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What also rankles with Anderson is the ‘concept album’ tag that got slapped on the record by critics when it was released and which remains with it to this day. With the ‘rock opera’ Tommy album establishing The Who as superstars in America at the time, reviewers were quick to pick up on a series of songs on Aqualung that attacked organised religion and its hypocritical manipulation of those who believe in God. 

“It’s not the concept album that people have tried to make out,” Anderson insists. “There were maybe three or four songs – My God, Wind-Up, Hymn 43 - that were thematic, the other songs were markedly different; they were about people and landscapes, like Mother Goose. And there’s a couple that are a little more personal, like Cheap Day Return and Wond’Ring Aloud. They are one of the rare occasions when I’m really singing in the first person.” 

There was certainly no thought of a ‘concept album’ when the band arrived at Island Records’ Basing Street Studios in December 1970 to begin recording their fourth album. They’d spent most of the year on the road (apart from the first couple of months which they’d spent recording the Benefit album).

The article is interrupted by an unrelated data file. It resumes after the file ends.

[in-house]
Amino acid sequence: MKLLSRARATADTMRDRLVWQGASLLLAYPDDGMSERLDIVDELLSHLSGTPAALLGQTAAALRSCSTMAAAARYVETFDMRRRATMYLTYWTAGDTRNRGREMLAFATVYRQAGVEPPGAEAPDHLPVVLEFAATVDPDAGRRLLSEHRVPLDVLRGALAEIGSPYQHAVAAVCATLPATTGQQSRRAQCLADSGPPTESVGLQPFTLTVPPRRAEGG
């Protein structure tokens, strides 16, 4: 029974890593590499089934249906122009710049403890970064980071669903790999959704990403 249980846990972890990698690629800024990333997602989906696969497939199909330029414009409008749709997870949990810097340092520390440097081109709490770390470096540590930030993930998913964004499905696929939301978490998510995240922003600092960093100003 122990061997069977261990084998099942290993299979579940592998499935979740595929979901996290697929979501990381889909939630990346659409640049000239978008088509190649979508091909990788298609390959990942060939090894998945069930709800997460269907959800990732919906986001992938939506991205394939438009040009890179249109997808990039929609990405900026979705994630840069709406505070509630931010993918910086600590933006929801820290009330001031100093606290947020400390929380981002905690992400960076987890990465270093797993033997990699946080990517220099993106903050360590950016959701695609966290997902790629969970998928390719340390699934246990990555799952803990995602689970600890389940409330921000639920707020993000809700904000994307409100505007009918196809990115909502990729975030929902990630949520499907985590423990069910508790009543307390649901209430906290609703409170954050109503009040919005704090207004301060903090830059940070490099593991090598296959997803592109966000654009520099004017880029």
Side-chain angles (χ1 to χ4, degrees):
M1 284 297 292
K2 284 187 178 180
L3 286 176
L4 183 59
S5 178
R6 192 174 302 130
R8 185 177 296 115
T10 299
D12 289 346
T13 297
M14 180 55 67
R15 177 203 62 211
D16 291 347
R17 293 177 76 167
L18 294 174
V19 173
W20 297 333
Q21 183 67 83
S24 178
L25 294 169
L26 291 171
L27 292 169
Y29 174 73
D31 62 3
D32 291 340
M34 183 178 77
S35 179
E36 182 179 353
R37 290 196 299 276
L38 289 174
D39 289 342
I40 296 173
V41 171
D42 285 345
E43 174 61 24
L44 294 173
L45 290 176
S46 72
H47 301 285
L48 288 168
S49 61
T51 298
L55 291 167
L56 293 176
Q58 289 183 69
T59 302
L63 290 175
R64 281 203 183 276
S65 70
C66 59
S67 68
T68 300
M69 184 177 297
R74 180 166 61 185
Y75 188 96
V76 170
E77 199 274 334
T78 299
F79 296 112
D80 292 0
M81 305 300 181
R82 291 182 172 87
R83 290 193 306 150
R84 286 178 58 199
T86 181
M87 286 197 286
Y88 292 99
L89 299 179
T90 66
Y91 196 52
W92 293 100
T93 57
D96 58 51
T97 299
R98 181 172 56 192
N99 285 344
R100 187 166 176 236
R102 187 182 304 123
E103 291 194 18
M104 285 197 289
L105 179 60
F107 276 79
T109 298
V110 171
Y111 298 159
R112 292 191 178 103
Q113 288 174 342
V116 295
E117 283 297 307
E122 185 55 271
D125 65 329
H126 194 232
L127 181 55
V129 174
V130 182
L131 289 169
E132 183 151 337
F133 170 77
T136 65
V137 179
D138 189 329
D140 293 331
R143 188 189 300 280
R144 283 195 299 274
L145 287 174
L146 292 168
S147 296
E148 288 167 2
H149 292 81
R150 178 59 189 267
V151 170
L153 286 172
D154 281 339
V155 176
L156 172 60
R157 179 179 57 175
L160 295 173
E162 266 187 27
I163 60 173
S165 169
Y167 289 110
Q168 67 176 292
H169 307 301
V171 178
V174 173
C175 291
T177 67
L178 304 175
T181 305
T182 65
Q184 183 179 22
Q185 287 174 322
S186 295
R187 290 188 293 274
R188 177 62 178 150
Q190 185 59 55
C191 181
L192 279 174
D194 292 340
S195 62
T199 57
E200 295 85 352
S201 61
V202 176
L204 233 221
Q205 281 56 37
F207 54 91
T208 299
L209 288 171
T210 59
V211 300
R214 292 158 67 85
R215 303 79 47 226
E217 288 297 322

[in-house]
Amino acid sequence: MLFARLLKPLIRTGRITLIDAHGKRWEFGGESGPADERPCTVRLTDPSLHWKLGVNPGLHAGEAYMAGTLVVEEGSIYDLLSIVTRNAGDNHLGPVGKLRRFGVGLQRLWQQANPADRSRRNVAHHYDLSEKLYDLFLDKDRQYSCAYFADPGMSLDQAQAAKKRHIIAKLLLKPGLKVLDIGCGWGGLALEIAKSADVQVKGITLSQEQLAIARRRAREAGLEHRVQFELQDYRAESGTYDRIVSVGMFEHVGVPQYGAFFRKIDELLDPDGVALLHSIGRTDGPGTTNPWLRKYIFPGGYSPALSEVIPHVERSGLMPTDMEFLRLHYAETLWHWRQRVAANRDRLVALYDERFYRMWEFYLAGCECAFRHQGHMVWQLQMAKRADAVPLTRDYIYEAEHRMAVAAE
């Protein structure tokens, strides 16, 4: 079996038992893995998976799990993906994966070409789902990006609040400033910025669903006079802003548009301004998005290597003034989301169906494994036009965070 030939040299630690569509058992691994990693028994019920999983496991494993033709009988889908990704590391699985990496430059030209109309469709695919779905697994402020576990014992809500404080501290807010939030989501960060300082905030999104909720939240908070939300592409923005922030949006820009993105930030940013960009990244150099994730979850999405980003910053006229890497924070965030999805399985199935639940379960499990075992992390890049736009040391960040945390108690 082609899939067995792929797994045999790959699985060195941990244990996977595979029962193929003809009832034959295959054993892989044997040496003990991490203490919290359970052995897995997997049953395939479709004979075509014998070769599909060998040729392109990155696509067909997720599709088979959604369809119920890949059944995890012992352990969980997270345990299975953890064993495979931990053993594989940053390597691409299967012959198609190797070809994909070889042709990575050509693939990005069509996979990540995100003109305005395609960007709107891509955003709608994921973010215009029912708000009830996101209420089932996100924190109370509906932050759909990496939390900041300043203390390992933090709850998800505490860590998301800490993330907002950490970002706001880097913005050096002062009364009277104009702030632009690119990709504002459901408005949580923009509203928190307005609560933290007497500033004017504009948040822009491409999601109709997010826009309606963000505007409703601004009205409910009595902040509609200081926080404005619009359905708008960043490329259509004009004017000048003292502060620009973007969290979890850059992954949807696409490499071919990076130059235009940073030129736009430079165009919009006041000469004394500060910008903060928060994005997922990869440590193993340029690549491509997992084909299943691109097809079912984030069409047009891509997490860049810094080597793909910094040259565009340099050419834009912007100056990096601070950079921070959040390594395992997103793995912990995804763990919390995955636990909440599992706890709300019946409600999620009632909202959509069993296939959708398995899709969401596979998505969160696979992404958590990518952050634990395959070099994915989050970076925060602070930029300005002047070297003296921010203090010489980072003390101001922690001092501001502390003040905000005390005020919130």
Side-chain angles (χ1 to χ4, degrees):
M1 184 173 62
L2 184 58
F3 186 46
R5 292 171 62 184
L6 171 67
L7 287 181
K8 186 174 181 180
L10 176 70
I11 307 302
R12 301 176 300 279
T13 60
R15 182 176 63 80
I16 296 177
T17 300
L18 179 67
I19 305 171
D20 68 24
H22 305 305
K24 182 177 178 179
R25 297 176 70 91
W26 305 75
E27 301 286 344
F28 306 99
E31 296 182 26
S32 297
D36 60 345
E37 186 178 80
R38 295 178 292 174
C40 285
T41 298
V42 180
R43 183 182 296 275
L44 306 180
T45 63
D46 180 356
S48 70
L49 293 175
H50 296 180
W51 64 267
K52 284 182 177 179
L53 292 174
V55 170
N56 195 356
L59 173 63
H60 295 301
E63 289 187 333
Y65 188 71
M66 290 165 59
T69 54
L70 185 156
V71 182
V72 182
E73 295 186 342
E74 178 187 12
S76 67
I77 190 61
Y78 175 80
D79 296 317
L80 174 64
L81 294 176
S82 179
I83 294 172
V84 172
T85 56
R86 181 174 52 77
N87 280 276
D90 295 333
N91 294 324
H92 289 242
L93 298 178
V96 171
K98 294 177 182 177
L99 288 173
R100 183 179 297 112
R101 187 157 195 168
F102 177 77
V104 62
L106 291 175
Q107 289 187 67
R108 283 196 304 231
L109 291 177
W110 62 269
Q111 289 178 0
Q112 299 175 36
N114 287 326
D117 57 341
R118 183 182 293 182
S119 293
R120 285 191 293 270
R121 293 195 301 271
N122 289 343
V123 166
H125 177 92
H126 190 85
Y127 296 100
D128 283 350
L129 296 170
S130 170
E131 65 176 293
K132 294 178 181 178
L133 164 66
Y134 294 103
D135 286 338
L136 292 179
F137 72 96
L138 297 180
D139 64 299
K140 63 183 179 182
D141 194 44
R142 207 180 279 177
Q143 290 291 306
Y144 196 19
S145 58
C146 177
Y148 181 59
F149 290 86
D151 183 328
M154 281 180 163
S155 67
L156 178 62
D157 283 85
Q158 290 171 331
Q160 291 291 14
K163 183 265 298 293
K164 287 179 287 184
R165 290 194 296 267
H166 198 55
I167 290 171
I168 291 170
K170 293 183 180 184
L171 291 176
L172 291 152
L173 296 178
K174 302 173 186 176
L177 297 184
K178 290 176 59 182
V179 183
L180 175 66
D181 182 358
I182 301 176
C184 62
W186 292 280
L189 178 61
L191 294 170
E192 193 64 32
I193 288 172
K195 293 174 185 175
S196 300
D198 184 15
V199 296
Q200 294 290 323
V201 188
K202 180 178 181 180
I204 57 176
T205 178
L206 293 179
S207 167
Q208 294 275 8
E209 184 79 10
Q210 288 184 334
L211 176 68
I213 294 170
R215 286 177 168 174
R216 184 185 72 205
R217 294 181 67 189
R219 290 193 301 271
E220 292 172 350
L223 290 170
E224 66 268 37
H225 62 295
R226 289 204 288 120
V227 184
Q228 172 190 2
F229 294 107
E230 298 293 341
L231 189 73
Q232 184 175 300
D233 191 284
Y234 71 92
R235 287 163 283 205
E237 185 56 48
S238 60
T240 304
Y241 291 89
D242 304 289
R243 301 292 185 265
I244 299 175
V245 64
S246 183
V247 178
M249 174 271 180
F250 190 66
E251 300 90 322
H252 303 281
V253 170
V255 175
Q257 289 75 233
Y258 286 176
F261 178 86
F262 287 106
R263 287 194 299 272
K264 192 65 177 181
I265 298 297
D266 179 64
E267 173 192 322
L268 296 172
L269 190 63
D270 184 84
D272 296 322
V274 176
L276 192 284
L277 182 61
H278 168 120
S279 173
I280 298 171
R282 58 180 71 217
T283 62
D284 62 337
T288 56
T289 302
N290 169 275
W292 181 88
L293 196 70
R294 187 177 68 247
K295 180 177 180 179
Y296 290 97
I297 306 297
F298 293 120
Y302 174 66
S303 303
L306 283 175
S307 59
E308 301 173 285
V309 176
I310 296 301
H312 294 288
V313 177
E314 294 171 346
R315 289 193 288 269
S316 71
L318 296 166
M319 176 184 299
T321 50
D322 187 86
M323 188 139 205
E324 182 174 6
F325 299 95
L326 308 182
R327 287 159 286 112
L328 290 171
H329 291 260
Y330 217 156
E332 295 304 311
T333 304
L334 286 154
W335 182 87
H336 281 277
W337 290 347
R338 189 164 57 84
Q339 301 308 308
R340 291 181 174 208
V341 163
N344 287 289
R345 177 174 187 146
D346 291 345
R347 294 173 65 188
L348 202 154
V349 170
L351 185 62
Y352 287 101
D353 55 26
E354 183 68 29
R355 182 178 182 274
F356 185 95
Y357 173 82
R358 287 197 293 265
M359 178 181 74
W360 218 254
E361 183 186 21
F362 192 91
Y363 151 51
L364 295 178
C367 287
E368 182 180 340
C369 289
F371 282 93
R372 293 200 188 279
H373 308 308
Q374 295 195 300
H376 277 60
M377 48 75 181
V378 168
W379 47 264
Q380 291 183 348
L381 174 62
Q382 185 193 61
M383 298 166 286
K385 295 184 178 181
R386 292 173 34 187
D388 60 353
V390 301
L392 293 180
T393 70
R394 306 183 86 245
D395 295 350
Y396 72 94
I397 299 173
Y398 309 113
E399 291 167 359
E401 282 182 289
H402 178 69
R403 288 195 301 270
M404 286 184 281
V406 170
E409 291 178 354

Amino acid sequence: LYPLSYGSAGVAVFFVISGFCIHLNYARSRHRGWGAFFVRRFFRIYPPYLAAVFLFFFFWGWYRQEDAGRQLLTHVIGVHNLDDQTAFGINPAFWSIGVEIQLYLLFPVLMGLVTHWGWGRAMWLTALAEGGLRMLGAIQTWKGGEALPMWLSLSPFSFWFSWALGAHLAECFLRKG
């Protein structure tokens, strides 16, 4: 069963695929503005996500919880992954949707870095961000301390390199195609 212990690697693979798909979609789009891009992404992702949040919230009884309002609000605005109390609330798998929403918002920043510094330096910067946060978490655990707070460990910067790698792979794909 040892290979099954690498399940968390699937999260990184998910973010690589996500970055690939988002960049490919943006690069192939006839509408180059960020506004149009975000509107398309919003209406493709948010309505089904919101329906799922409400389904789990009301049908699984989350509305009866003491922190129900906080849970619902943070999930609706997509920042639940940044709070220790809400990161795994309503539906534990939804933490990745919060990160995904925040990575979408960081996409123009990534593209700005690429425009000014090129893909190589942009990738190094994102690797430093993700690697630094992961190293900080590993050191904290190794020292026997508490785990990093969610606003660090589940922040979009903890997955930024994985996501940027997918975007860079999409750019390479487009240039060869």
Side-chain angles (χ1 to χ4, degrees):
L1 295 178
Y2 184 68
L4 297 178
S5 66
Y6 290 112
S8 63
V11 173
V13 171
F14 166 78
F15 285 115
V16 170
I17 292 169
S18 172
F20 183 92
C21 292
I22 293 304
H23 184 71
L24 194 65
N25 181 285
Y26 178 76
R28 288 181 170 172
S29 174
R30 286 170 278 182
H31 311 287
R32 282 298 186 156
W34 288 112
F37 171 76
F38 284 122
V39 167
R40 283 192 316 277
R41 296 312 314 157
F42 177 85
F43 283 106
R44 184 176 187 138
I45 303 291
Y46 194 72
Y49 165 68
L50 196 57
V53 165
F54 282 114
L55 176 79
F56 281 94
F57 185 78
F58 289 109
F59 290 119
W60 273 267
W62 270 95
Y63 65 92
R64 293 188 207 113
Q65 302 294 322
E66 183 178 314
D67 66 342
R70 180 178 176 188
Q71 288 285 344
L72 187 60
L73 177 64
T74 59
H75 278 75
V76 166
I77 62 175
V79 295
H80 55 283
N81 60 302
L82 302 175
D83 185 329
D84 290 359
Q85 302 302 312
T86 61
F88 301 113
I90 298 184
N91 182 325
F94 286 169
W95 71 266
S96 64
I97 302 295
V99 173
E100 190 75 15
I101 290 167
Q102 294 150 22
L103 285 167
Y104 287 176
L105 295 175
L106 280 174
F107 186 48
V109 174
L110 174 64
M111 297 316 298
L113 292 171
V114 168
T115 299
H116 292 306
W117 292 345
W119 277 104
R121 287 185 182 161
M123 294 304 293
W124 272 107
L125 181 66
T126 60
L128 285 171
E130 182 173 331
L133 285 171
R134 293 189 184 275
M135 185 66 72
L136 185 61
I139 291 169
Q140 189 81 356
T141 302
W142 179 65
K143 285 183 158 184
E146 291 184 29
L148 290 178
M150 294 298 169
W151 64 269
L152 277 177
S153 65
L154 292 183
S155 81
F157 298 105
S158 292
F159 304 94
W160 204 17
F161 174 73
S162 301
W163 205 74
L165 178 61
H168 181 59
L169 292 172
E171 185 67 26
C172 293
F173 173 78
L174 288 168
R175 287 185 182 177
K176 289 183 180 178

That road work had included three tours of America where the band were starting to make headway after a support slot on a Led Zeppelin US tour the previous year had exposed them to the country’s hippest rock audiences. They’d even had an airplay hit with Teacher, a track that wasn’t included on the British version of Benefit (it turned up as a B-side instead) but which had appealed to American radio programmers.

But the Tull line-up still hadn’t gelled. Original guitarist Mick Abrahams had left almost as soon as their debut album This Was had come out in early 1969 and had been replaced by Martin Barre. And bassist Glenn Cornick was ousted just before work started on Aqualung. His rush-replacement was Jeffrey Hammond, a Blackpool school friend of Anderson’s who had played with him in local bands. Hammond had already become part of Tull folklore, having had his name used on song titles like A Song For Jeffrey and Jeffrey Goes To Leicester Square

“I remember giving him an early Christmas present of a Framus bass – wrapped up very badly – and a Vox AC30 amplifier,” Anderson recalls. “He said: ‘What am I going to do with this?’ I said: ‘You’re going to turn up at Basing Street Studio the day after tomorrow.’”